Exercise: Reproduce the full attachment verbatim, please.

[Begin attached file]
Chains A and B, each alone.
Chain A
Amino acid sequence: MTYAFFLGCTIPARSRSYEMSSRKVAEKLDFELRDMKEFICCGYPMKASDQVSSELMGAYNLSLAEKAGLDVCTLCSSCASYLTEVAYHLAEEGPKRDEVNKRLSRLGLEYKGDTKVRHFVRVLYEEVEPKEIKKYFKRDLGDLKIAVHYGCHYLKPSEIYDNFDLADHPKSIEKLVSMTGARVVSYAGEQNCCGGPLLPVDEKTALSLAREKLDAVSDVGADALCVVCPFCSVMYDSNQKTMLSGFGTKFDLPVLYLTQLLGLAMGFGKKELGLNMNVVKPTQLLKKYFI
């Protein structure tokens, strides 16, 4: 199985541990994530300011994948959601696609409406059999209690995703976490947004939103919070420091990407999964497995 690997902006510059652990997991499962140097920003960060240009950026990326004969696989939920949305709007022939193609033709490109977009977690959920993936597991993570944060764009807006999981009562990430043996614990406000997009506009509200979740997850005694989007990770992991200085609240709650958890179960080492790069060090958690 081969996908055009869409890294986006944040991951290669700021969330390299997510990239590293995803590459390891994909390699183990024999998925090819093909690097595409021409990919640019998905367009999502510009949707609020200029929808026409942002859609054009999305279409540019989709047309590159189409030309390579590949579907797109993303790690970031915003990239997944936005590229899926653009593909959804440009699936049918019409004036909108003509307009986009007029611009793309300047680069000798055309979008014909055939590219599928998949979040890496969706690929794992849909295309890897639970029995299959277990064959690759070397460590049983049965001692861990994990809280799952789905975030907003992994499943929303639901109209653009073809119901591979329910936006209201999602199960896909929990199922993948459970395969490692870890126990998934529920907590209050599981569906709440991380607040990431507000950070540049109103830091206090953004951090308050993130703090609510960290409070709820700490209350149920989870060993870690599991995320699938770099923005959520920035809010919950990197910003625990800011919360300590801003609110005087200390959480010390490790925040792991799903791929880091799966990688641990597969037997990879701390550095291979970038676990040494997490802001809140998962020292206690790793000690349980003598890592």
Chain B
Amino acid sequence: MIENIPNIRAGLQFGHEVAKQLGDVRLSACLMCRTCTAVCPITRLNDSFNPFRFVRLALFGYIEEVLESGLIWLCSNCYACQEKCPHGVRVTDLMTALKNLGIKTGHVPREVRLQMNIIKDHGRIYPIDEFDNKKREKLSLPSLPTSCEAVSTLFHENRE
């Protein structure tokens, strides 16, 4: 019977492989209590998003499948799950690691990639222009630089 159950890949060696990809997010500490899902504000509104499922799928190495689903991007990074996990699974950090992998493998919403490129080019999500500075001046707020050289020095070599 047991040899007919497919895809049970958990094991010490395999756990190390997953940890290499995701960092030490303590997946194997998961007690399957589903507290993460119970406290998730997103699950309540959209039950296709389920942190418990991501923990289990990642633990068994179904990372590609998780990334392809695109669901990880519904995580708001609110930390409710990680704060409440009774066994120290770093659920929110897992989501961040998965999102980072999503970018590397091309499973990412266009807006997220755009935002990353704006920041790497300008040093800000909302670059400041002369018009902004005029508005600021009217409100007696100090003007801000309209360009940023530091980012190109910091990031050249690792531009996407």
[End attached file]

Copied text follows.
Chains A and B, each alone.
Chain A
Amino acid sequence: MTYAFFLGCTIPARSRSYEMSSRKVAEKLDFELRDMKEFICCGYPMKASDQVSSELMGAYNLSLAEKAGLDVCTLCSSCASYLTEVAYHLAEEGPKRDEVNKRLSRLGLEYKGDTKVRHFVRVLYEEVEPKEIKKYFKRDLGDLKIAVHYGCHYLKPSEIYDNFDLADHPKSIEKLVSMTGARVVSYAGEQNCCGGPLLPVDEKTALSLAREKLDAVSDVGADALCVVCPFCSVMYDSNQKTMLSGFGTKFDLPVLYLTQLLGLAMGFGKKELGLNMNVVKPTQLLKKYFI
């Protein structure tokens, strides 16, 4: 199985541990994530300011994948959601696609409406059999209690995703976490947004939103919070420091990407999964497995 690997902006510059652990997991499962140097920003960060240009950026990326004969696989939920949305709007022939193609033709490109977009977690959920993936597991993570944060764009807006999981009562990430043996614990406000997009506009509200979740997850005694989007990770992991200085609240709650958890179960080492790069060090958690 081969996908055009869409890294986006944040991951290669700021969330390299997510990239590293995803590459390891994909390699183990024999998925090819093909690097595409021409990919640019998905367009999502510009949707609020200029929808026409942002859609054009999305279409540019989709047309590159189409030309390579590949579907797109993303790690970031915003990239997944936005590229899926653009593909959804440009699936049918019409004036909108003509307009986009007029611009793309300047680069000798055309979008014909055939590219599928998949979040890496969706690929794992849909295309890897639970029995299959277990064959690759070397460590049983049965001692861990994990809280799952789905975030907003992994499943929303639901109209653009073809119901591979329910936006209201999602199960896909929990199922993948459970395969490692870890126990998934529920907590209050599981569906709440991380607040990431507000950070540049109103830091206090953004951090308050993130703090609510960290409070709820700490209350149920989870060993870690599991995320699938770099923005959520920035809010919950990197910003625990800011919360300590801003609110005087200390959480010390490790925040792991799903791929880091799966990688641990597969037997990879701390550095291979970038676990040494997490802001809140998962020292206690790793000690349980003598890592």
Chain B
Amino acid sequence: MIENIPNIRAGLQFGHEVAKQLGDVRLSACLMCRTCTAVCPITRLNDSFNPFRFVRLALFGYIEEVLESGLIWLCSNCYACQEKCPHGVRVTDLMTALKNLGIKTGHVPREVRLQMNIIKDHGRIYPIDEFDNKKREKLSLPSLPTSCEAVSTLFHENRE
């Protein structure tokens, strides 16, 4: 019977492989209590998003499948799950690691990639222009630089 159950890949060696990809997010500490899902504000509104499922799928190495689903991007990074996990699974950090992998493998919403490129080019999500500075001046707020050289020095070599 047991040899007919497919895809049970958990094991010490395999756990190390997953940890290499995701960092030490303590997946194997998961007690399957589903507290993460119970406290998730997103699950309540959209039950296709389920942190418990991501923990289990990642633990068994179904990372590609998780990334392809695109669901990880519904995580708001609110930390409710990680704060409440009774066994120290770093659920929110897992989501961040998965999102980072999503970018590397091309499973990412266009807006997220755009935002990353704006920041790497300008040093800000909302670059400041002369018009902004005029508005600021009217409100007696100090003007801000309209360009940023530091980012190109910091990031050249690792531009996407």